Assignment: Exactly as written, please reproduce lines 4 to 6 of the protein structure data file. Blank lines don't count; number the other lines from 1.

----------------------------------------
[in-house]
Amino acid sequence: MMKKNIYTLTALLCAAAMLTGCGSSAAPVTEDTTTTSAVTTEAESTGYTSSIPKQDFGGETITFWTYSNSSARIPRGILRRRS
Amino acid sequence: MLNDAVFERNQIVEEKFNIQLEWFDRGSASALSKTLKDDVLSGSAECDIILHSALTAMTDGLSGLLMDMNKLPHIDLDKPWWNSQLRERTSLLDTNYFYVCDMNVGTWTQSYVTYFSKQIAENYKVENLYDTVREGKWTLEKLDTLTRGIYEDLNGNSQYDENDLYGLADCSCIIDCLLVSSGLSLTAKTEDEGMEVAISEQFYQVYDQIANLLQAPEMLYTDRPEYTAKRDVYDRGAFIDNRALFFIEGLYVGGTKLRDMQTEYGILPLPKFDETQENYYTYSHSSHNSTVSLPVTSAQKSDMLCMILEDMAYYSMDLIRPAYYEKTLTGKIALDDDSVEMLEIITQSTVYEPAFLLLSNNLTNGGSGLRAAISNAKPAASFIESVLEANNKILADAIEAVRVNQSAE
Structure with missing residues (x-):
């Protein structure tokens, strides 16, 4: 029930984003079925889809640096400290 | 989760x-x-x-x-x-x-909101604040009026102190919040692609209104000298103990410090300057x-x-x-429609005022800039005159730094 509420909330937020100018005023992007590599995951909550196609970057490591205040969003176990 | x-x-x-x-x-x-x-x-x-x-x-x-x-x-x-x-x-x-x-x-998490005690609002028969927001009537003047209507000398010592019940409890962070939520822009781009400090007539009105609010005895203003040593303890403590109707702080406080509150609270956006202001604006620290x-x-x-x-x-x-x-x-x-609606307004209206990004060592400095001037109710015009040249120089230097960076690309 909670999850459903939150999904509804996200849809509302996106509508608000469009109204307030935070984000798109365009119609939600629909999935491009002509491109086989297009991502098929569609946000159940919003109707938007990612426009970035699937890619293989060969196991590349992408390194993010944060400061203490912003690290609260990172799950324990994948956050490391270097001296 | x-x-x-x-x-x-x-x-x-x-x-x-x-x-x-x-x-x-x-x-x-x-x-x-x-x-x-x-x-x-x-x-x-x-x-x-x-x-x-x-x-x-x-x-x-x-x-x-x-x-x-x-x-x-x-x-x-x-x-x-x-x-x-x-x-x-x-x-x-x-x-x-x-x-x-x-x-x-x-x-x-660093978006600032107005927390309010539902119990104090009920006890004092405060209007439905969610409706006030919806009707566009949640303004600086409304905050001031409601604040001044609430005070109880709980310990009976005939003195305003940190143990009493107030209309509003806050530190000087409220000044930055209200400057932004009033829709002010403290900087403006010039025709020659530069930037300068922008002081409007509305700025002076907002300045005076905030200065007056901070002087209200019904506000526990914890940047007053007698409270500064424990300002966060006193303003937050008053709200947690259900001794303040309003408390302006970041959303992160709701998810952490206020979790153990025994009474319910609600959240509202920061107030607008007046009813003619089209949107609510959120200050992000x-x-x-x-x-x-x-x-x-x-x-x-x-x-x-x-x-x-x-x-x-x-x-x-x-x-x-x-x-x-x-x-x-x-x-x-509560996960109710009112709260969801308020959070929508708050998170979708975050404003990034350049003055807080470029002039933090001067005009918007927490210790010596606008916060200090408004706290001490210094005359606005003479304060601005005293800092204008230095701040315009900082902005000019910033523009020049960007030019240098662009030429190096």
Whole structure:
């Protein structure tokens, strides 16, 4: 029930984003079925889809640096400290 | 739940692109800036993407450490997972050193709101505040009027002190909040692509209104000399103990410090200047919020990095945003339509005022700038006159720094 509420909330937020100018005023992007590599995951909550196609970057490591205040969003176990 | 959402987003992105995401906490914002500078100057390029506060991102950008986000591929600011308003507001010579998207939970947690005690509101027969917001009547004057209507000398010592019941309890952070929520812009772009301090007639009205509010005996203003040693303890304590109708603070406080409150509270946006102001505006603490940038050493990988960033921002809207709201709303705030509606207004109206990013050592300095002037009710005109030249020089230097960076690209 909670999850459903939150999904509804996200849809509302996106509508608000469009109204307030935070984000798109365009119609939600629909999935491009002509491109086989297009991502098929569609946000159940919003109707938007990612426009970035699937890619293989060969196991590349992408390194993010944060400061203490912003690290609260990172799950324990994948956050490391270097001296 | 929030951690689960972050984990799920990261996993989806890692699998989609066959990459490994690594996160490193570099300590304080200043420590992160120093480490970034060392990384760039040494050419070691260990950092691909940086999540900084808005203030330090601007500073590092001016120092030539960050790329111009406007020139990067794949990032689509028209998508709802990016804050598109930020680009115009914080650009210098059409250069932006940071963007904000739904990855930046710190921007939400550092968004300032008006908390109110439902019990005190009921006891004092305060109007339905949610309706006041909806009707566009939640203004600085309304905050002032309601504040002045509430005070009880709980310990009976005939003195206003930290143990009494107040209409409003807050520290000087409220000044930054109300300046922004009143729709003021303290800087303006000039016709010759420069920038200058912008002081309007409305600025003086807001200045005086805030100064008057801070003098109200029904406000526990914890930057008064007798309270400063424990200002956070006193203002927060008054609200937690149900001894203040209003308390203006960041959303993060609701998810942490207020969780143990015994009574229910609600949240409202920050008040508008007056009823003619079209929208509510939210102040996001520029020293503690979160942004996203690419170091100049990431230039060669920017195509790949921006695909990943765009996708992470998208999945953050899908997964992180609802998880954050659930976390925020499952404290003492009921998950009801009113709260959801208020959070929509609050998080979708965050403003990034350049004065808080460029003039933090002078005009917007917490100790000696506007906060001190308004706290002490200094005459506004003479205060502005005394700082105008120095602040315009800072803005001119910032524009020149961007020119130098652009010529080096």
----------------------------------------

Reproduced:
Structure with missing residues (x-):
């Protein structure tokens, strides 16, 4: 029930984003079925889809640096400290 | 989760x-x-x-x-x-x-909101604040009026102190919040692609209104000298103990410090300057x-x-x-429609005022800039005159730094 509420909330937020100018005023992007590599995951909550196609970057490591205040969003176990 | x-x-x-x-x-x-x-x-x-x-x-x-x-x-x-x-x-x-x-x-998490005690609002028969927001009537003047209507000398010592019940409890962070939520822009781009400090007539009105609010005895203003040593303890403590109707702080406080509150609270956006202001604006620290x-x-x-x-x-x-x-x-x-609606307004209206990004060592400095001037109710015009040249120089230097960076690309 909670999850459903939150999904509804996200849809509302996106509508608000469009109204307030935070984000798109365009119609939600629909999935491009002509491109086989297009991502098929569609946000159940919003109707938007990612426009970035699937890619293989060969196991590349992408390194993010944060400061203490912003690290609260990172799950324990994948956050490391270097001296 | x-x-x-x-x-x-x-x-x-x-x-x-x-x-x-x-x-x-x-x-x-x-x-x-x-x-x-x-x-x-x-x-x-x-x-x-x-x-x-x-x-x-x-x-x-x-x-x-x-x-x-x-x-x-x-x-x-x-x-x-x-x-x-x-x-x-x-x-x-x-x-x-x-x-x-x-x-x-x-x-x-660093978006600032107005927390309010539902119990104090009920006890004092405060209007439905969610409706006030919806009707566009949640303004600086409304905050001031409601604040001044609430005070109880709980310990009976005939003195305003940190143990009493107030209309509003806050530190000087409220000044930055209200400057932004009033829709002010403290900087403006010039025709020659530069930037300068922008002081409007509305700025002076907002300045005076905030200065007056901070002087209200019904506000526990914890940047007053007698409270500064424990300002966060006193303003937050008053709200947690259900001794303040309003408390302006970041959303992160709701998810952490206020979790153990025994009474319910609600959240509202920061107030607008007046009813003619089209949107609510959120200050992000x-x-x-x-x-x-x-x-x-x-x-x-x-x-x-x-x-x-x-x-x-x-x-x-x-x-x-x-x-x-x-x-x-x-x-x-509560996960109710009112709260969801308020959070929508708050998170979708975050404003990034350049003055807080470029002039933090001067005009918007927490210790010596606008916060200090408004706290001490210094005359606005003479304060601005005293800092204008230095701040315009900082902005000019910033523009020049960007030019240098662009030429190096």
Whole structure: